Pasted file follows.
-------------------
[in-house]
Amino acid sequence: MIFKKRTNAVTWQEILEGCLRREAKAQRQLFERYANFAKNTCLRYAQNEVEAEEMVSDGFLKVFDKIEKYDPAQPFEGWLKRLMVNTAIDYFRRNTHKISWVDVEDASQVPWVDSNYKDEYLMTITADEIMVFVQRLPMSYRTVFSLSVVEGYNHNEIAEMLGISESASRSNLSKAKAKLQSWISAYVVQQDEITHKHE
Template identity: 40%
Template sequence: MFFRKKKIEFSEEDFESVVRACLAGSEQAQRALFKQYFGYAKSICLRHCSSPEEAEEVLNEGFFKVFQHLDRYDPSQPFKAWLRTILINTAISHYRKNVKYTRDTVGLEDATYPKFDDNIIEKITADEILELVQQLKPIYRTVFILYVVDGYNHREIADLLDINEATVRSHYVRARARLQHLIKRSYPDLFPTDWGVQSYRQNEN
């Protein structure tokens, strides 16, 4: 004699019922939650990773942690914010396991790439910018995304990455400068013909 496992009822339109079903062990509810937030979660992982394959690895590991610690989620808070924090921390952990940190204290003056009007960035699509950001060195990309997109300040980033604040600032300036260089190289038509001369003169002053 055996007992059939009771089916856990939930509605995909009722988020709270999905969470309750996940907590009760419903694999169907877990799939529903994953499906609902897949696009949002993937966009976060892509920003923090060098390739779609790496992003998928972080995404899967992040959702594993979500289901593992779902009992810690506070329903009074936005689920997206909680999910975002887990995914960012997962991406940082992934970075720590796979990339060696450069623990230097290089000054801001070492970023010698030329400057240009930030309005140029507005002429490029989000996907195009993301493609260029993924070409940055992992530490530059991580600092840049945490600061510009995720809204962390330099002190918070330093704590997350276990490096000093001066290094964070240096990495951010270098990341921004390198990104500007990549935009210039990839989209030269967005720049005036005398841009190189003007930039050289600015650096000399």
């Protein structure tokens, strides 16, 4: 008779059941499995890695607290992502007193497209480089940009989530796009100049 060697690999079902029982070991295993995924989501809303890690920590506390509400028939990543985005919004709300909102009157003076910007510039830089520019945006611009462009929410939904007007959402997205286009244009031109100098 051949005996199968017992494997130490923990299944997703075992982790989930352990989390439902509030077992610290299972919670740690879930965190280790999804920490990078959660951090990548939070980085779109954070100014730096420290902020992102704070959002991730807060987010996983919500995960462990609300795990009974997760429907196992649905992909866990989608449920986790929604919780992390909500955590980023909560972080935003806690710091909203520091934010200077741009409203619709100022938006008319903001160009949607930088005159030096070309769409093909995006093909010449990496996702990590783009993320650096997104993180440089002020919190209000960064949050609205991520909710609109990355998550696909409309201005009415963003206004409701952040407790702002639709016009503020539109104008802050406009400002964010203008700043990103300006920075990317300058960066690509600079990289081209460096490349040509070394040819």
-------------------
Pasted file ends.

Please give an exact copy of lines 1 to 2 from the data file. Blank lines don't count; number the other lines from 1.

[in-house]
Amino acid sequence: MIFKKRTNAVTWQEILEGCLRREAKAQRQLFERYANFAKNTCLRYAQNEVEAEEMVSDGFLKVFDKIEKYDPAQPFEGWLKRLMVNTAIDYFRRNTHKISWVDVEDASQVPWVDSNYKDEYLMTITADEIMVFVQRLPMSYRTVFSLSVVEGYNHNEIAEMLGISESASRSNLSKAKAKLQSWISAYVVQQDEITHKHE